- Don’t mistake your vocation
- Select the right location
- Avoid debt
- Whatever you do, do it with all your might
- Depend upon your own personal exertions
- Use the best tools
- Don’t get above your business
- Learn something useful
- Let hope predominate, but be not too visionary
- Do not scatter your powers
- Be systematic
- Read the newspapers
- Beware of “outside operations”
- Don’t endorse without security
- Advertise your business
- Be polite and kind to your customers
- Be charitable
- Don’t blab
- Preserve your integrity
Seriously considering making Friday the official day I post Carny Style articles so that there is some consistency, and because Fashion Friday seems to be an obvious promo tool.
Having said that, this week is Style Spotlight, which focuses on the regal role of the showman, discussing notable figures such as P. T. Barnum, Ward Hall, James Taylor and John Robinson.
Isaac W. Sprague, also known as the Original Living Skeleton, was born on May 21, 1841 in East Bridgewater, Massachusetts. According to one of his early cabinet cards, he was a normal and active child until the age of twelve – when he began to rapidly lose weight. The boy continued to lose weight and his now terrified parents took Isaac to the best doctors they could find. Unfortunately the doctors were also baffled and Isaac continued to wither away despite a healthy appetite.
In 1865, during a visit to a local carnival a promoter spotted Isaac and offered him a job. At first, the young man refused. But he soon realized that he could earn a good living by capitalizing on his looks. He began touring as ‘The Living Skeleton’ and quickly rose in popularity. In less than a year he auditioned for P. T. Barnum and was hired on a salary of $80 a week.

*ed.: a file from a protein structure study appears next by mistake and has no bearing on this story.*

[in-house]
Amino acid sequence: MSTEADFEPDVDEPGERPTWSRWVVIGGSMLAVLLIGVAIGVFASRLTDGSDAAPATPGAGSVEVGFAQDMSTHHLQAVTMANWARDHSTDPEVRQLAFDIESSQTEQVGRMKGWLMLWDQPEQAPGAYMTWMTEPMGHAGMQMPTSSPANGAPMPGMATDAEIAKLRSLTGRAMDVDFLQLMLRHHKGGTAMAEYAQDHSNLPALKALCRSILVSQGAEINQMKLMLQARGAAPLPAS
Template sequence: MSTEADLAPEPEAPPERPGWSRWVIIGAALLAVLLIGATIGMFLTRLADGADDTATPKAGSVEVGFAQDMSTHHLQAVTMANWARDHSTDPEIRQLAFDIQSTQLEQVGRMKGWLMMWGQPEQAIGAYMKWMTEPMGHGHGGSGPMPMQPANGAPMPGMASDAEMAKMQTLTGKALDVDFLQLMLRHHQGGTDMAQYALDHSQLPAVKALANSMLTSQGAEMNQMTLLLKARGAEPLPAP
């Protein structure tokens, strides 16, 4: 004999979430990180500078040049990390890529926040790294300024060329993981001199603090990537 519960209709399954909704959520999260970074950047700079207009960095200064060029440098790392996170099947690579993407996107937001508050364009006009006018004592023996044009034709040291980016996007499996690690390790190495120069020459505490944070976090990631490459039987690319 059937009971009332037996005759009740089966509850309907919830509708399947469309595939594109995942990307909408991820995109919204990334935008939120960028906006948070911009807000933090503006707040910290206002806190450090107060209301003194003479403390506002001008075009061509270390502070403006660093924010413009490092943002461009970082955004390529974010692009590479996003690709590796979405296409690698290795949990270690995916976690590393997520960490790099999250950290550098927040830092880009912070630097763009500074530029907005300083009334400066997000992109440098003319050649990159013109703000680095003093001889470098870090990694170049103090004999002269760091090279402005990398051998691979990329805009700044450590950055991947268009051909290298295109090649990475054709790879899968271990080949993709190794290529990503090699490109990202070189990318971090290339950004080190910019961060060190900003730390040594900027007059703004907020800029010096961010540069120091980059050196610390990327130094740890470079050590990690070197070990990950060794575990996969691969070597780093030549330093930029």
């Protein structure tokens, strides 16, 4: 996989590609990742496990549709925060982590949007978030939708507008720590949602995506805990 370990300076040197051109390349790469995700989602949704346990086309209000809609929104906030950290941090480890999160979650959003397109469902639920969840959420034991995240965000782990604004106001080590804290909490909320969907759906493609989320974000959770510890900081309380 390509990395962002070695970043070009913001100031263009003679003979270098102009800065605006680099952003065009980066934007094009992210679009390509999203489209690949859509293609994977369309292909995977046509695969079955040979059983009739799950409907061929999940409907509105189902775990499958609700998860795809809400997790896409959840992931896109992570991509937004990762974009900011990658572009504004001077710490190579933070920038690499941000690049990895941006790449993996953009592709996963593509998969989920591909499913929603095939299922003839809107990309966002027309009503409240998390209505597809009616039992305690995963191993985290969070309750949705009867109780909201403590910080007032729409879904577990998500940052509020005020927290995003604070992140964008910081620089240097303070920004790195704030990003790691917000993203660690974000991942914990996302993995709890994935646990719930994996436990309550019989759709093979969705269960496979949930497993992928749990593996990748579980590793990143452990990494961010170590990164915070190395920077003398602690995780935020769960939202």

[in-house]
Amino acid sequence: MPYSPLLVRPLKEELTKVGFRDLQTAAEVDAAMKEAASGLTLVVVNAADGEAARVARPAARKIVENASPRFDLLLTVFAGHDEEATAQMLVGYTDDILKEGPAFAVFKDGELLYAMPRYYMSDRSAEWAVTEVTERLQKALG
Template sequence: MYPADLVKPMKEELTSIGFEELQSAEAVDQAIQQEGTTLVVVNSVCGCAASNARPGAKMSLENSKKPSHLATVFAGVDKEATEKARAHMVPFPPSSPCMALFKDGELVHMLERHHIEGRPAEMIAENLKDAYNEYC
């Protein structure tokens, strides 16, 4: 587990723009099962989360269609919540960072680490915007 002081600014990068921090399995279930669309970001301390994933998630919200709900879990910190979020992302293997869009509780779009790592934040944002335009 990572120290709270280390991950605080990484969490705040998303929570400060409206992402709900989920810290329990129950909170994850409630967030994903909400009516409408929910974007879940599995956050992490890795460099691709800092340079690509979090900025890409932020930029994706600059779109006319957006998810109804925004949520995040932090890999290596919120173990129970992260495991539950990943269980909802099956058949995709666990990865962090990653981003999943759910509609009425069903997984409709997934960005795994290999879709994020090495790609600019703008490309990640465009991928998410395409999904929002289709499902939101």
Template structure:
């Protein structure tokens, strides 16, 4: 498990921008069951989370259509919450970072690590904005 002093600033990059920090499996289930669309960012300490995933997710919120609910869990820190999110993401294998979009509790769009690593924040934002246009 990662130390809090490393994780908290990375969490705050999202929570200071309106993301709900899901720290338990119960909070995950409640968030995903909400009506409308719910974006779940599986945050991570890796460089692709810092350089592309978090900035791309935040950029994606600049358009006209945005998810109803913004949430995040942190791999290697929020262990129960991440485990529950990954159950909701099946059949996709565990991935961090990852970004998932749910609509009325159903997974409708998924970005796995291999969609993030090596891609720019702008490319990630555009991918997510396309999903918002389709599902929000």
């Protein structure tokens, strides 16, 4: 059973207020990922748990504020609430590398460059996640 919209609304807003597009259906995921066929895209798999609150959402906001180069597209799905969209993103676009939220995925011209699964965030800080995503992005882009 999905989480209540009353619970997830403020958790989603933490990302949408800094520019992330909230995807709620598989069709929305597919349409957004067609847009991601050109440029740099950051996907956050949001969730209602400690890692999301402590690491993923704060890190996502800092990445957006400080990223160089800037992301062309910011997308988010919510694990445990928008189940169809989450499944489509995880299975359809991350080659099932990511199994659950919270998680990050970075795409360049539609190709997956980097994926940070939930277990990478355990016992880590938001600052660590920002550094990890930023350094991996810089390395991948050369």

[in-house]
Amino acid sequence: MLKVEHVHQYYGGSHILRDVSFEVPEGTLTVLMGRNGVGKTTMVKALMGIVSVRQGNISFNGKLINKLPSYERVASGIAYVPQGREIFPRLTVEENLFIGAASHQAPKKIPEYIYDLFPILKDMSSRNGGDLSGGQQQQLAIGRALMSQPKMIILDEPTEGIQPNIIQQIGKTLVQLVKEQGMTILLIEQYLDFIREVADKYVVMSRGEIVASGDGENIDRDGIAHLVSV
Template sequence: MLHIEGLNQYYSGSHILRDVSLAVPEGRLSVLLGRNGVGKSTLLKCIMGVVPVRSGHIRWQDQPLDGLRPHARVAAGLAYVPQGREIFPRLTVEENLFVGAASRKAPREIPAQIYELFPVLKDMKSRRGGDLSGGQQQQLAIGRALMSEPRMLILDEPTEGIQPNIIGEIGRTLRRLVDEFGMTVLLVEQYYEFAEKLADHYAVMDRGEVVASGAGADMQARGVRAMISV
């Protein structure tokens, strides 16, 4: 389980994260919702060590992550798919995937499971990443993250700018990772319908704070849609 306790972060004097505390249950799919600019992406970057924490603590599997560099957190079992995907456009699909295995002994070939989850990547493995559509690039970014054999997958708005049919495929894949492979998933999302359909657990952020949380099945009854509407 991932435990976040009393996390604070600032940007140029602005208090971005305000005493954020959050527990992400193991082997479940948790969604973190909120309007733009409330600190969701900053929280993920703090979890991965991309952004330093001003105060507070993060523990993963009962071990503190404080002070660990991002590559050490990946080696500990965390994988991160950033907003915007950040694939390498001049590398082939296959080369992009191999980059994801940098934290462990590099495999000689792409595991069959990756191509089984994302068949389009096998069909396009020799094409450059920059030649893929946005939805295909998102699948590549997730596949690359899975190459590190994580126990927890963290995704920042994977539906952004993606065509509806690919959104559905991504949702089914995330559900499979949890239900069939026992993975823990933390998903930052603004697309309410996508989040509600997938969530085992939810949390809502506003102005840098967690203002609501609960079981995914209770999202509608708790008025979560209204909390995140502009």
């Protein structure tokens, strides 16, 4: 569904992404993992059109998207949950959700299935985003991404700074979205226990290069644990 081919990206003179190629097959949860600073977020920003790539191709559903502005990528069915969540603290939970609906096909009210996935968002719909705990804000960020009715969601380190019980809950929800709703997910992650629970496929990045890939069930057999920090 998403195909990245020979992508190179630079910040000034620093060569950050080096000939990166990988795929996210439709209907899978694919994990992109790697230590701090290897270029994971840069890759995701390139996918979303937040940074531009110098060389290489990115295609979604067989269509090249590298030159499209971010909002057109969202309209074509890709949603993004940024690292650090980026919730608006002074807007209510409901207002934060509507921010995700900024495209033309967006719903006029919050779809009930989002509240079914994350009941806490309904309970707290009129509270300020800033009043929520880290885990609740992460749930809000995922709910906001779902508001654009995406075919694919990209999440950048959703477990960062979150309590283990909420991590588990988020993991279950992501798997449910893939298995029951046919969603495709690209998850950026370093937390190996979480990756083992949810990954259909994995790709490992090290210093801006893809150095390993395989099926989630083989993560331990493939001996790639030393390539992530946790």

From my antique/vintage collection. Yes, I like to collect old stuff and one day I plan to devote a full room to all the treasures I find. This is a curio card of Tom Thumb, his wife, and “child.” In actuality, they never could have children and this was just a gimmick for the P.T. Barnum Circus. Curio cards were the baseball cards of the Victorian era. People collected and traded their favorite circus performers, actors, and actresses and kept them in curio (curiosity) cabinets.
Click on the photo to learn more about Tom.
Obit of the Day (Historical): Phineas Taylor (P.T.) Barnum (1891)
P.T. Barnum, the greatest showman ever, died on this date 120 years ago. Barnum made his name from his promotions, both real and decidely unreal. Starting when he was twenty-five and he toured Joyce Heth, George Washington’s nursemaid who was 161 years old (unreal). Whether it was General Tom Thumb (military title - unreal, tiny man - real), Jenny Lind (“The Swedish Nightingale” - real), the Feegee Mermaid (unreal) and the world’s largest elephant, Jumbo (real - killed by a train, btw).
OOTD’s favorite Barnum story:
When Barnum opened his American Museum in New York he had trouble drawing crowds. So he paid a man to take four bricks and place one at each of the sidewalk corners around the museum. Then the man would, every hour, walk around the museum, pick up a brick, take it to the next corner, place the brick down, and pick up the next brick. After having done it with all four he would walk into the museum. All of this was done in silence with no expression. Crowds started to notice the brick-carrying gentlemen, and follow him. And when he entered the museum they would walk in right behind him paying their one dollar entrance fee. BRILLIANT. (Paraphrased from One Night Stands with American History.)
Second place: The New York Sun printed Barnum’s obit on its front page several weeks before he died…so he could read it.
The song, “The Museum Song,” is from the original Broadway cast recording of Barnum featuring Jim Dale (better known now as the audiobook voice of the Harry Potter books) and Glenn Close (better known for acting). The musical was nominated for about ten Tony awards and won Dale a Best Actor trophy. When the show traveled to England, Barnum was played by Michael “The Phantom of the Opera” Crawford. Greatest American showman…played by two Brits.